Neuromodulation of parietal and motor activity affects motor planning and execution

Silvia Convento, Nadia Bolognini, Martina Fusaro, Federica Lollo, Giuseppe Vallar

Research output: Contribution to journalArticlepeer-review

Abstract

Transcranial direct current stimulation (tDCS) is a non-invasive tool, which effectively modulates behavior, and related brain activity. When applied to the primary motor cortex (M1), tDCS affects motor function, enhancing or decreasing performance of both healthy participants and brain-damaged patients. Beyond M1, the posterior parietal cortex (PPC) is also crucially involved in controlling and guiding movement. Therefore, we explored whether the modulation of cortical excitability within PPC can also affect hand motor function in healthy right-handed participants. In Experiment 1, anodal tDCS (2mA, 10min) was applied to PPC and to M1 of both hemispheres. Skilled motor function of the non-dominant left hand, measured using the Jebsen-Taylor Hand Function Test (JTT), improved after anodal tDCS of the right, contralateral M1, as well as after the anodal stimulation of the left, ipsilateral PPC. Conversely, in Experiment 2, cathodal tDCS of the left PPC, or of the right M1, reduced motor performance of the left hand. Finally, Experiment 3 shows that the anodal tDCS of the left PPC selectively facilitated action planning, while the anodal tDCS of the right M1 modulated action execution only.This evidence shows that motor improvement induced by left parietal and right motor stimulations relies on substantial different mechanisms, opening up novel perspectives in the neurorehabilitation of stroke patients with motor and apraxic disorders.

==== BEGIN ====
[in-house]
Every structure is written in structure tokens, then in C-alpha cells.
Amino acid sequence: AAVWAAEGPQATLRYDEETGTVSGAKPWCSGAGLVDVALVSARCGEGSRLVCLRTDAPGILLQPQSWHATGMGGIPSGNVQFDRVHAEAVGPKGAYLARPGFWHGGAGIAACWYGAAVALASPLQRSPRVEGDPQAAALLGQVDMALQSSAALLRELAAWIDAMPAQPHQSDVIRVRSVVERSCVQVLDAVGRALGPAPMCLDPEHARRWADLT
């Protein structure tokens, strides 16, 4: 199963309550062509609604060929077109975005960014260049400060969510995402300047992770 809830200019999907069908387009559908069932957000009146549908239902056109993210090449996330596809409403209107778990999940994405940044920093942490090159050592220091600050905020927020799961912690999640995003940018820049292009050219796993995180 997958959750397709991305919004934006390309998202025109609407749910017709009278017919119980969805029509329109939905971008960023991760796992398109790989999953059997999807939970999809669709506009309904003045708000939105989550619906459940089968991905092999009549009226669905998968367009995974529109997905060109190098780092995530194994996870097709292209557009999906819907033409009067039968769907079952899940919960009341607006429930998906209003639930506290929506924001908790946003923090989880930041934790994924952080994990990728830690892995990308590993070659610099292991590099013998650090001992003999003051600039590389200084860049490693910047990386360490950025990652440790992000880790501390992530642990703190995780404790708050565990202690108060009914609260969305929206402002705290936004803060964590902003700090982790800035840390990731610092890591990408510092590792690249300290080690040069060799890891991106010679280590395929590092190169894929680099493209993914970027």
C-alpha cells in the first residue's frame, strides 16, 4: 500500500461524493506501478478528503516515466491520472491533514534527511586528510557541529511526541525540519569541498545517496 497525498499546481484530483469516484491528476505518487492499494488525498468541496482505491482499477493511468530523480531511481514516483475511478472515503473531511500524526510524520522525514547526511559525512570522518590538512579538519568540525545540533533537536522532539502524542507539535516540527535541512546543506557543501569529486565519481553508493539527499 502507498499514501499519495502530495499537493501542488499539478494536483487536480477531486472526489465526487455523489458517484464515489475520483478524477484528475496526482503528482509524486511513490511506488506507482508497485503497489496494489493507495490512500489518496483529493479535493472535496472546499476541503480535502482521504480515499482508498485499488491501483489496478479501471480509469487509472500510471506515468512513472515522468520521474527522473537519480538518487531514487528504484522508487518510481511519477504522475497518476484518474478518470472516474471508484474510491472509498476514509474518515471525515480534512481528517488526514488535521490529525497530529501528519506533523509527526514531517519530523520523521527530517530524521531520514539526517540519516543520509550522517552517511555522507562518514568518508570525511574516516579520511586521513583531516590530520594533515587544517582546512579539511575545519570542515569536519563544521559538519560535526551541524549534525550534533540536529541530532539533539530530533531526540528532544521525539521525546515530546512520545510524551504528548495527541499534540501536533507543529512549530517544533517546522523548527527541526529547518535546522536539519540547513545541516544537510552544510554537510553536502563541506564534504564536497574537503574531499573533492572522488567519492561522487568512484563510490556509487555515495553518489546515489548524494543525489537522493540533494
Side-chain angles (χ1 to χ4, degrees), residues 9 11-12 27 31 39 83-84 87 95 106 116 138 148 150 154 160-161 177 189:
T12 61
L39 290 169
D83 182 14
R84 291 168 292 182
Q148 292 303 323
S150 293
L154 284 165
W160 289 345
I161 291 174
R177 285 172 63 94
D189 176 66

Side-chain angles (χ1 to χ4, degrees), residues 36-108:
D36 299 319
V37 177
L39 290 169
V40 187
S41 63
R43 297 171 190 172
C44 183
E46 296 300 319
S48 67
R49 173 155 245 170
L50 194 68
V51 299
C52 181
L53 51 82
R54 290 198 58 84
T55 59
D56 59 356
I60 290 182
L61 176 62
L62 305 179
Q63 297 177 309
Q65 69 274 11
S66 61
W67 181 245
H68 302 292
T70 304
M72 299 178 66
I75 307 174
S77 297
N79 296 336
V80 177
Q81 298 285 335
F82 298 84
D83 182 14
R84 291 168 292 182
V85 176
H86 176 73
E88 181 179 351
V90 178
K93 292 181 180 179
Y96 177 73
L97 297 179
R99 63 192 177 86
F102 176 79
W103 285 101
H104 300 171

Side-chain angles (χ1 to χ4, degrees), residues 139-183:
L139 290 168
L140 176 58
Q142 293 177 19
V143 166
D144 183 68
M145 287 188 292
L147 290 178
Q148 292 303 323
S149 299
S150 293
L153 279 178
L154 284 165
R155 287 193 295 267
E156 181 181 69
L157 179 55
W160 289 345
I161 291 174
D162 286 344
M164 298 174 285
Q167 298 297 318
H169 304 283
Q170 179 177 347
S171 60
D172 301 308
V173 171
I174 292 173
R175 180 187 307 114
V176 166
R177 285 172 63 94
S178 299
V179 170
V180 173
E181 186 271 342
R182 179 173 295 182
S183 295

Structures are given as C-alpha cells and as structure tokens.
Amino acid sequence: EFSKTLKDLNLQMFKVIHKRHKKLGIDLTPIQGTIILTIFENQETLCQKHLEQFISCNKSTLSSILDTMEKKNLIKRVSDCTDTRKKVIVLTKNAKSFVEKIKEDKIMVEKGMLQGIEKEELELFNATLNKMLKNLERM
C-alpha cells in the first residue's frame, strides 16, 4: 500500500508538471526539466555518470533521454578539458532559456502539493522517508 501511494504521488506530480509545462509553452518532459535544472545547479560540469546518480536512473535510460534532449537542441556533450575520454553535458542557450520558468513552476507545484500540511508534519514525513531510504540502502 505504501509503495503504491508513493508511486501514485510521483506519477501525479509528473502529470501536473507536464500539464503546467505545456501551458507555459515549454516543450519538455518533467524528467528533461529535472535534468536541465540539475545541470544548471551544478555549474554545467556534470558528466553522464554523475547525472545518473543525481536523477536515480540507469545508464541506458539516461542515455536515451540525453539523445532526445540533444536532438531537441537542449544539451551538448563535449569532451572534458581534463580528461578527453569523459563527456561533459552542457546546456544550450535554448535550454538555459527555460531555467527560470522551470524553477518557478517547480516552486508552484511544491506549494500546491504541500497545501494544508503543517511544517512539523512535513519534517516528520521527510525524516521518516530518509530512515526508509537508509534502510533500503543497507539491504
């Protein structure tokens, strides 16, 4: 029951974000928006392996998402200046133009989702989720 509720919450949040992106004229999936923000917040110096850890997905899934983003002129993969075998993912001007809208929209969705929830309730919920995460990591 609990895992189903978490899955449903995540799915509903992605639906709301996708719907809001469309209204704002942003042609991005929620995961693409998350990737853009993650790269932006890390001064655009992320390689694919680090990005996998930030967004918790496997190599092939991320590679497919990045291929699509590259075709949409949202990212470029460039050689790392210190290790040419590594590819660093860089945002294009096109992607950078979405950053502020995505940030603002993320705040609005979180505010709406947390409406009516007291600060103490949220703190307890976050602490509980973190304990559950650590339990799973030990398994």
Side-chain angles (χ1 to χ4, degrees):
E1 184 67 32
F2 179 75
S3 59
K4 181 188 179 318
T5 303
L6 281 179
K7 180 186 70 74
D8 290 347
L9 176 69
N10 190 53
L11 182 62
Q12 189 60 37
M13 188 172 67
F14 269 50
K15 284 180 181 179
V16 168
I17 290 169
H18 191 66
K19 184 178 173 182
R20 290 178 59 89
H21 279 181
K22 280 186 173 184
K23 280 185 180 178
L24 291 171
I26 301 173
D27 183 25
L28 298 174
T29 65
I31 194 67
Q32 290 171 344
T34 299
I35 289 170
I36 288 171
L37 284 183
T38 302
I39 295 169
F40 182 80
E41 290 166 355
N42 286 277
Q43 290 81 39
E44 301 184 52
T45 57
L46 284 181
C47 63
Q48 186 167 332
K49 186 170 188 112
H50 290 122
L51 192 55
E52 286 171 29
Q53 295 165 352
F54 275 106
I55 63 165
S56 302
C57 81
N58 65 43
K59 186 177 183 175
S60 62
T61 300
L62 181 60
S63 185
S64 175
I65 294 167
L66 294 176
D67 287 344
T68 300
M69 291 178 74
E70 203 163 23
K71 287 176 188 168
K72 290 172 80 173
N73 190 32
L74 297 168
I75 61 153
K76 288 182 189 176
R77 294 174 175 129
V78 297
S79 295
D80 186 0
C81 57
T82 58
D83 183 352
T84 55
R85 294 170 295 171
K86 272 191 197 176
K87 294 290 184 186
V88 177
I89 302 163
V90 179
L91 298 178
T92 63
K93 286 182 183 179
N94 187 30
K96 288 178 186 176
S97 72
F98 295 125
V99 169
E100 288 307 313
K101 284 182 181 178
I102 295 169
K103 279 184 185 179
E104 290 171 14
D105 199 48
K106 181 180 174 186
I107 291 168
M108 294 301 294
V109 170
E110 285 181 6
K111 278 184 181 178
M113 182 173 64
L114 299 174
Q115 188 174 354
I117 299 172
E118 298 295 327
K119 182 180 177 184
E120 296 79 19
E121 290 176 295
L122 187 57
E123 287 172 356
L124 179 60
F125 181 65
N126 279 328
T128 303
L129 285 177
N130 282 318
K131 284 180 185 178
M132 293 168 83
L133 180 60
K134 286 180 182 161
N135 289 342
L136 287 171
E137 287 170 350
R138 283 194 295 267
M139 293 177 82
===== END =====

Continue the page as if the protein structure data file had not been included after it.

Original languageEnglish
Pages (from-to)51-59
Number of pages9
JournalCortex
Volume57
DOIs
Publication statusPublished - 2014

Keywords

  • Action planning
  • Motor execution
  • Posterior parietal cortex
  • TDCS

ASJC Scopus subject areas

  • Cognitive Neuroscience
  • Neuropsychology and Physiological Psychology
  • Experimental and Cognitive Psychology
  • Medicine(all)

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